Gov. Terry McAuliffe

Gov. Terry McAuliffe

RICHMOND, Va. (AP) _ The mother of an inmate serving more than six life terms for a robbery is asking Gov. Terry McAuliffe to grant a pardon. Media outlets report that Angela Blount delivered a petition containing more than 14,000 signatures to Secretary of the Commonwealth Levar Stoney on Wednesday. Blount’s son, Travion Blount, was 15 at the time of the home invasion robbery in September 2006. He won’t be eligible for geriatric release until 2051, when he turns 60. Two co-defendants who were adults pleaded guilty and received 10- and 13-year sentences. Former Gov. Bob McDonnell granted Blount a conditional pardon that reduced the sentence to 40 years. A federal judge voided that decision, saying McDonnell overstepped his authority.

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Hampden-Sydney cancels classes, sporting events in wake of mass illness

Hampden-Sydney College SealFARMVILLE, Va. (AP) _ Hampden-Sydney College is canceling classes until Monday after an illness sickened more than 300 students this week. An email to faculty and students on Thursday says residence halls and some areas will remain open. But there will be no classes and administrative offices will be closed. All sporting events and recreational facilities at the school of about 1,050 male students also will be closed. Hampden-Sydney hopes to re-open on Monday, weather permitting. Health officials believe the illness is gastroenteritis, an intestinal infection. Symptoms have included vomiting, diarrhea and dehydration. The school says students began seeking treatment Tuesday night at the school’s wellness center and an area hospital.  Students are being advised to wash their hands frequently or use hand sanitizer, and to avoid sharing items with other people.

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Va. Senate panel rejects marijuana decriminalization bill

State-NewsRICHMOND, Va. (AP) _ A proposal to decriminalize marijuana possession in Virginia has been quickly snuffed out. The Republican-controlled state Senate Courts of Justice Committee rejected Sen. Adam Ebbin’s decriminalization bill Wednesday on a party-line 9-5 vote. The measure would have eliminated jail time for possession of marijuana, instead making it punishable by a maximum $100 civil penalty. Ebbin, an Alexandria Democrat, argued that criminalization of marijuana has failed to reduce use of the drug and has made criminals out of nonviolent citizens. Ebbin’s measure was supported by the American Civil Liberties Union and the NAACP, which drew attention to racial disparities in marijuana arrests. The bill drew opposition from the Virginia State Police, the Fraternal Order of Police and the Virginia Association of Commonwealth’s Attorneys.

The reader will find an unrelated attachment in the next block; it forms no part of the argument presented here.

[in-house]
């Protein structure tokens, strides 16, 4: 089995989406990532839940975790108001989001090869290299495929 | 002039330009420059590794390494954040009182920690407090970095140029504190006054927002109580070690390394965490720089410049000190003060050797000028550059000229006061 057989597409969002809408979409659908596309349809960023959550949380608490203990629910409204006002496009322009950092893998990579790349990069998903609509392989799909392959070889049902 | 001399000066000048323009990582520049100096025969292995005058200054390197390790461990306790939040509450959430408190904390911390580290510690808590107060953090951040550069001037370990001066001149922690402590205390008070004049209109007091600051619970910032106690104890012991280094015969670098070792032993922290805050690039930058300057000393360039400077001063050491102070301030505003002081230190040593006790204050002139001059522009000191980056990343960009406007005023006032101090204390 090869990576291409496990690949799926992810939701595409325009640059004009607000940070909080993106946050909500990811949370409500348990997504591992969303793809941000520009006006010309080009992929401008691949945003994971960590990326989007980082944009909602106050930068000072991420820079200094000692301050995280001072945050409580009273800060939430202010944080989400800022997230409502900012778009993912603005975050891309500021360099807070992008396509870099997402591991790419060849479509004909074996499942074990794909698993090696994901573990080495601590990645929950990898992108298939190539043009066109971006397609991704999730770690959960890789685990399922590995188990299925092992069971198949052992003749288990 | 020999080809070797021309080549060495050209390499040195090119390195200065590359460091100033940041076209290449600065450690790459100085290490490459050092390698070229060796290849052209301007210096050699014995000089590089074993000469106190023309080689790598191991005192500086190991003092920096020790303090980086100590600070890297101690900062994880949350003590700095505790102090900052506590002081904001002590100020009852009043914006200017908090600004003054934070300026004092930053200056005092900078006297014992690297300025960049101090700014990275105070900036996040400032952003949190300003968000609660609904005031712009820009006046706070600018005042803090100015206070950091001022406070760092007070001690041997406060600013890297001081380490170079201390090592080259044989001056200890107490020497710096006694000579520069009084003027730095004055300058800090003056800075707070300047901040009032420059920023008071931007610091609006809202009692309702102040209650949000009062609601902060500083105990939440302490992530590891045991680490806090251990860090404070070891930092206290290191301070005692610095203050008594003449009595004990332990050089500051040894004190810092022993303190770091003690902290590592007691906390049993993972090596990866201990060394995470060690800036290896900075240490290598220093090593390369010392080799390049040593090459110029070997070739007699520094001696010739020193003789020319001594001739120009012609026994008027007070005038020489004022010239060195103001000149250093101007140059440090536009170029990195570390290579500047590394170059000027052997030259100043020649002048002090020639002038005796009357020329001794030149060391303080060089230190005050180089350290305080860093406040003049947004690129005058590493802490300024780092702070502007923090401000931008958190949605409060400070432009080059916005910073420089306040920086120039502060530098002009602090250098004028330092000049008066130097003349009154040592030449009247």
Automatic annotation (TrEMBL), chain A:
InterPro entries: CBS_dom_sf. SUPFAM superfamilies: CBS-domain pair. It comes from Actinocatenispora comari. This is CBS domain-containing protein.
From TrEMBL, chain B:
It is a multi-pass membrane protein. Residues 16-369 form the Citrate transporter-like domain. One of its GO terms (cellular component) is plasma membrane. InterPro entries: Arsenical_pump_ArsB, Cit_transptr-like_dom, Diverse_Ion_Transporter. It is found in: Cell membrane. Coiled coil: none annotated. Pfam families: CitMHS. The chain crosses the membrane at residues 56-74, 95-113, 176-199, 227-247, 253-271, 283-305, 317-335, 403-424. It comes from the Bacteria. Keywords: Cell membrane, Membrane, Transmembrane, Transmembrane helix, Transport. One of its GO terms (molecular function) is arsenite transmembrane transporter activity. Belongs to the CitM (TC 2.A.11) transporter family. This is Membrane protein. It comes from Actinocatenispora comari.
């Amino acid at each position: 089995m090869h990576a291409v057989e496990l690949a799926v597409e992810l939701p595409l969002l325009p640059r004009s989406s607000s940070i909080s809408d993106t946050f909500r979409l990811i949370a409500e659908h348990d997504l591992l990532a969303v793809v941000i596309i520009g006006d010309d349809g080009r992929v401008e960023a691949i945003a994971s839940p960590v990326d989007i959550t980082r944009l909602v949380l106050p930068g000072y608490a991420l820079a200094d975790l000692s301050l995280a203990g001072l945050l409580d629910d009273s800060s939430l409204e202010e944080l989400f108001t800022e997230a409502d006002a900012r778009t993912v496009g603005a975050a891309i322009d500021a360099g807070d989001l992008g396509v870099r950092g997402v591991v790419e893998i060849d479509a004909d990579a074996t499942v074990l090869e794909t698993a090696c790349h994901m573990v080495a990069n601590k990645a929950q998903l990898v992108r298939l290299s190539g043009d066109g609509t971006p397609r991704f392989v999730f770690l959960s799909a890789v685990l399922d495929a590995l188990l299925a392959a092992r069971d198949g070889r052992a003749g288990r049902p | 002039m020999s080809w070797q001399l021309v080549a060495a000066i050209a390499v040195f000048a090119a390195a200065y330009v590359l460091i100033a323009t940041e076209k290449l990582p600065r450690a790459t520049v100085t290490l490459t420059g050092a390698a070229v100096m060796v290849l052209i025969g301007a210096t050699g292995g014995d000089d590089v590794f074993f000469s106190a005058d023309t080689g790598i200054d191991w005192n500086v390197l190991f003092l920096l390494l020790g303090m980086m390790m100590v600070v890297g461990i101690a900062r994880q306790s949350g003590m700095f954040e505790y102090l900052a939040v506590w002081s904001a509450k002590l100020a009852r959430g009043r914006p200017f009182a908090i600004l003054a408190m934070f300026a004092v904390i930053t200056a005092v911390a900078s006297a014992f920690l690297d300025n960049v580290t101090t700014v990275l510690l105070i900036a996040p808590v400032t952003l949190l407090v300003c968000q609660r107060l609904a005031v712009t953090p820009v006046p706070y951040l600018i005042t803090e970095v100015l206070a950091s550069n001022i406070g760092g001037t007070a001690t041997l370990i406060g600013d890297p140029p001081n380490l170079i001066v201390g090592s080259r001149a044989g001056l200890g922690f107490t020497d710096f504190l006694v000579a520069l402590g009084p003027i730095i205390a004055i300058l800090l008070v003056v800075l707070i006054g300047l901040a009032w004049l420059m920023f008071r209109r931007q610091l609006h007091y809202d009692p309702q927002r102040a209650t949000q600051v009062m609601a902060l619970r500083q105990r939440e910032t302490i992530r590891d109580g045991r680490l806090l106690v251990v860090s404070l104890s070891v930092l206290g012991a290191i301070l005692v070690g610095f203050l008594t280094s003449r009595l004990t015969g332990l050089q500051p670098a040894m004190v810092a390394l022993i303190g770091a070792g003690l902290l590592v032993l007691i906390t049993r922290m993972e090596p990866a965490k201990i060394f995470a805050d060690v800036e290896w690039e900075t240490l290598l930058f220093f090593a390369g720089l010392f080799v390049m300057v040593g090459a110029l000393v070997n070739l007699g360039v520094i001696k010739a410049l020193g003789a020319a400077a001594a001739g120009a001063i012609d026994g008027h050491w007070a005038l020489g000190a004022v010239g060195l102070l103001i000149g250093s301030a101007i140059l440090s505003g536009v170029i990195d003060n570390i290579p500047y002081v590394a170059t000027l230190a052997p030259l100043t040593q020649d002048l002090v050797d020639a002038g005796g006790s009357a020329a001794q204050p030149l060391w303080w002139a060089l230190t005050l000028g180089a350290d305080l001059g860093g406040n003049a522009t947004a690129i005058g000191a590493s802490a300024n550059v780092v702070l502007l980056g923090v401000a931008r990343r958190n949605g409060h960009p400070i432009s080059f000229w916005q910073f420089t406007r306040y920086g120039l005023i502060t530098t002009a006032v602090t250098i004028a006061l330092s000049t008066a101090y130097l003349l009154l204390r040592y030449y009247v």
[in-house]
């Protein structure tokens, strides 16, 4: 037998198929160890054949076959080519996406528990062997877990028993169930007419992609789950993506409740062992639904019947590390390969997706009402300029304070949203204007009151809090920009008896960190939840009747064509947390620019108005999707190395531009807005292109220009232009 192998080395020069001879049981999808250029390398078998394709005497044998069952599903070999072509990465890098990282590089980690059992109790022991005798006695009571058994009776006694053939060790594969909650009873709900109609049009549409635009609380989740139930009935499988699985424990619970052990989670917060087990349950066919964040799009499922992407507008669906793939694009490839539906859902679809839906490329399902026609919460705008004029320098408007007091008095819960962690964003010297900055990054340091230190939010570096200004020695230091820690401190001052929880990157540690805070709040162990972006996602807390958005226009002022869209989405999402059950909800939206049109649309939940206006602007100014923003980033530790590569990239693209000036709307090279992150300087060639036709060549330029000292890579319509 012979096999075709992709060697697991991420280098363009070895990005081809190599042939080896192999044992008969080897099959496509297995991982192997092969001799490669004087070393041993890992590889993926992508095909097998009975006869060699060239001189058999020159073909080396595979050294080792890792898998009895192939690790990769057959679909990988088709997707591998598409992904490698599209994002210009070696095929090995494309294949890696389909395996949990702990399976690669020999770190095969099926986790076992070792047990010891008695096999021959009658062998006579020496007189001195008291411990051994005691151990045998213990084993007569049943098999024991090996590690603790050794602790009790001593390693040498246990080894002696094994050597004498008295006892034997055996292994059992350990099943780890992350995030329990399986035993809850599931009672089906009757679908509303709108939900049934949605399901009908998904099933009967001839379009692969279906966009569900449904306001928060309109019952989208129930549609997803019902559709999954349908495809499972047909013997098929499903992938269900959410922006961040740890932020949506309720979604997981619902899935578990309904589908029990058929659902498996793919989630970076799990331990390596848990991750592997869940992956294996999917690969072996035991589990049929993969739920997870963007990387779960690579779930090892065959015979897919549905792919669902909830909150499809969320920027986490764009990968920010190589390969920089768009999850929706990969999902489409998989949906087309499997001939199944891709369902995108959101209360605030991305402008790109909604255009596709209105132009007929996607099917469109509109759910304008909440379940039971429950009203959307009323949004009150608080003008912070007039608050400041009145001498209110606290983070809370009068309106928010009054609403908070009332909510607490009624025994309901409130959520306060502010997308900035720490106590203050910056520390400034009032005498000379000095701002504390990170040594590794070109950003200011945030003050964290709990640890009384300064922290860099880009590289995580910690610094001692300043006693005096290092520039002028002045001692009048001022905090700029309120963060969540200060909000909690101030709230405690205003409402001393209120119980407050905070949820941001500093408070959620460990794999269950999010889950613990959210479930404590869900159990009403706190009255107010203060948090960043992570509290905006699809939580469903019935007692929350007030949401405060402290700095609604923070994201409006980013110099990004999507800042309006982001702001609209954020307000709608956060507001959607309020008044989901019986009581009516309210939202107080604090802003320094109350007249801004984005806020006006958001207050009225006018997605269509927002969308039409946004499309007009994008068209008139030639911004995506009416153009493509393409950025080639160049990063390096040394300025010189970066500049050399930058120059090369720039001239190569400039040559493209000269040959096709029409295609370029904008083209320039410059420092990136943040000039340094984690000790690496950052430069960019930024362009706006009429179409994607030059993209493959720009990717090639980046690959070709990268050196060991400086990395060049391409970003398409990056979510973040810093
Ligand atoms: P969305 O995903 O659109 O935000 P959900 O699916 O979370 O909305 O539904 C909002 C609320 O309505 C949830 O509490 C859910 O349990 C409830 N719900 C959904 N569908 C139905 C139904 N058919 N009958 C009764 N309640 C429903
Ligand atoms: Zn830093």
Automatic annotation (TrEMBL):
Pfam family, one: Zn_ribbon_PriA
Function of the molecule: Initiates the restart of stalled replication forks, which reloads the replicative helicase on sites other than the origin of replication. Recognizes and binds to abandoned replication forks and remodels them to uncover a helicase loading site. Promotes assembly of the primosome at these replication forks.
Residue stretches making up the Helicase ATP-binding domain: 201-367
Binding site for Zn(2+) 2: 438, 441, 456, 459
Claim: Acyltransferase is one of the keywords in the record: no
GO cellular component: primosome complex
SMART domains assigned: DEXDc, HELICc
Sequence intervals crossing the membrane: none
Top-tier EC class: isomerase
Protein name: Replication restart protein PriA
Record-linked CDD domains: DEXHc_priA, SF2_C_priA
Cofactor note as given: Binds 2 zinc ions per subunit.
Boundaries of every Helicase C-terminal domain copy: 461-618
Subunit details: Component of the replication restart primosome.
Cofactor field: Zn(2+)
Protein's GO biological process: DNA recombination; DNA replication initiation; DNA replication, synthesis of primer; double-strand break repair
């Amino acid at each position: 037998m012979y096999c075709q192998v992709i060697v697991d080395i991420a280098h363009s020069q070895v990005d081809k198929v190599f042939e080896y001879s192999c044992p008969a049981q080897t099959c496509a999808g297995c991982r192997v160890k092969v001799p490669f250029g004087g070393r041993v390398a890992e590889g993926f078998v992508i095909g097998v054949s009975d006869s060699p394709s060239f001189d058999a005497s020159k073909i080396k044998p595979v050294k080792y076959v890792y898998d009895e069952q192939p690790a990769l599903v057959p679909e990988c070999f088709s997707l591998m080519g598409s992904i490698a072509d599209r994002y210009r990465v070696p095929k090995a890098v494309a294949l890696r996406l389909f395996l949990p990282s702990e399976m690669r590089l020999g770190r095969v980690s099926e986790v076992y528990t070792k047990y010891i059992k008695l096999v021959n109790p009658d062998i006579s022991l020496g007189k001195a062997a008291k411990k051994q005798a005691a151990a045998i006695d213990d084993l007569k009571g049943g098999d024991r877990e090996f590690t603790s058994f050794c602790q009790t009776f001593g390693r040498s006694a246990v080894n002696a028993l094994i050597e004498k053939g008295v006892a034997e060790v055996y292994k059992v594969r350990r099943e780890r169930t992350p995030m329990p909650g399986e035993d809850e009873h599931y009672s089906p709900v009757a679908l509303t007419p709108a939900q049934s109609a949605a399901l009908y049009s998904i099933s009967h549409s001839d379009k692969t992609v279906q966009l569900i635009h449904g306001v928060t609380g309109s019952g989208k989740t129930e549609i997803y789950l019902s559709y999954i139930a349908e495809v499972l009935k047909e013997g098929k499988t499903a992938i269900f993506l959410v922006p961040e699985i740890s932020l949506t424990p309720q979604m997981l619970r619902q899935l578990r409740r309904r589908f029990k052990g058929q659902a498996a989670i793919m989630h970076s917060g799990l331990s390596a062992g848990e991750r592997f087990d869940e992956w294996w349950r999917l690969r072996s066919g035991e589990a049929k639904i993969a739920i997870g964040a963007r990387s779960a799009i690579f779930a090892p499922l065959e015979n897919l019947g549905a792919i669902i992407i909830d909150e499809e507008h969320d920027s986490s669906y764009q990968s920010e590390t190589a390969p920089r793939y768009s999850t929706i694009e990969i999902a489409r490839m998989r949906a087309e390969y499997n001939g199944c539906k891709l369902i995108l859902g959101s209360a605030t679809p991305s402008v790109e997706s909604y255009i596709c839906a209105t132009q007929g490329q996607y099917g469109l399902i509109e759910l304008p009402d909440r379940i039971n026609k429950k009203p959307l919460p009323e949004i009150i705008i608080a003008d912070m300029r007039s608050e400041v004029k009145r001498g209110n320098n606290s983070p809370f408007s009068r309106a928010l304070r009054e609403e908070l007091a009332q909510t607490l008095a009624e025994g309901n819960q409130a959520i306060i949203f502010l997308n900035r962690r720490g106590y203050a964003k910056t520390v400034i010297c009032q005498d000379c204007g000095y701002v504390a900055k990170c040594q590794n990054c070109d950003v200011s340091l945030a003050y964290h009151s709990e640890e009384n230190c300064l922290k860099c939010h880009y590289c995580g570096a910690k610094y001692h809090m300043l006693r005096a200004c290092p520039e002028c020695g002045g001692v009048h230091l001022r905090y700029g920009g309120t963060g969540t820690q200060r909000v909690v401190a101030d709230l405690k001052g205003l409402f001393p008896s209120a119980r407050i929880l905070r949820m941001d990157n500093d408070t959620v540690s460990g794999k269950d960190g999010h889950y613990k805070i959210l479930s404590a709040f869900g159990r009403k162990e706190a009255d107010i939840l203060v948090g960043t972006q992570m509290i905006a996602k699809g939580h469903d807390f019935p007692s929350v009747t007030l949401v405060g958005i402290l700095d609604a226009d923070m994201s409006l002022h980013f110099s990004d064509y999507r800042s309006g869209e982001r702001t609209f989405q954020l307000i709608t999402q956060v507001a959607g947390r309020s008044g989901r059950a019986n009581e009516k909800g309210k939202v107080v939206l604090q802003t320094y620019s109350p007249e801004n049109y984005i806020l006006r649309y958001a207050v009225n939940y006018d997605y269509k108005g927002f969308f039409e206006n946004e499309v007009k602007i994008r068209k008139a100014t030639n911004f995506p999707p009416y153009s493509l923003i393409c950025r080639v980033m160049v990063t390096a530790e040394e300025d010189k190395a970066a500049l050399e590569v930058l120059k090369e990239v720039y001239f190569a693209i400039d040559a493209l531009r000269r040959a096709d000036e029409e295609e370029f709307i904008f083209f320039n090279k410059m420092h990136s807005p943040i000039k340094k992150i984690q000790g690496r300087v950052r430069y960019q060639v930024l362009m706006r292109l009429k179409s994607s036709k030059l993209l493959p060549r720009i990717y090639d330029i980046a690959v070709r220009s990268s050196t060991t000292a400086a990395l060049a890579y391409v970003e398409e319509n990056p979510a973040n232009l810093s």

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Rare, forgotten Va. plants getting some attention, dollars

Native Plant SocietyRICHMOND, Va. (AP) _ The task of taking an inventory of Virginia’s rare and forgotten plants has received a welcome donation. The Virginia Native Plant Society has donated $11,542 to help botanists with the Virginia Department of Conservation and Recreation. The money will be used for an inventory of the state’s “lost treasures” _ rare plant species that include some that haven’t been documented in more than a generation. Information gathered during inventory is used by other state agencies and others for land conservation and land-planning purposes. The program’s goal is to conserve the natural diversity of biological resources of the state, The nonprofit Virginia Native Plant Society is dedicated to the protection and preservation of Virginia native plants and their habitats.

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National leaders tell UVa sororities to avoid frat bid night

UVA LogoCHARLOTTESVILLE, Va. (AP) _ Sororities at the University of Virginia have been told to stay away from fraternity recruitment events scheduled Saturday. The sororities are part of the National Panhellenic Conference. Conference spokeswoman Michelle Bower tells The Washington Post (http://wapo.st/1zbHlSZ ) that the mandate came from the sororities’ national presidents. Bower says the conference supports the decision. U.Va. Inter-Fraternity Council President Ben Gorman tells the newspaper that some sororities were told to avoid any social gathering with fraternity members on Boys’ Bid Night. The university recently lifted a suspension of Greek social activities after fraternities and sororities agreed to stricter regulations. The suspension followed a November Rolling Stone article that detailed an alleged gang rape at a U.Va. fraternity. Much of the article has been discredited.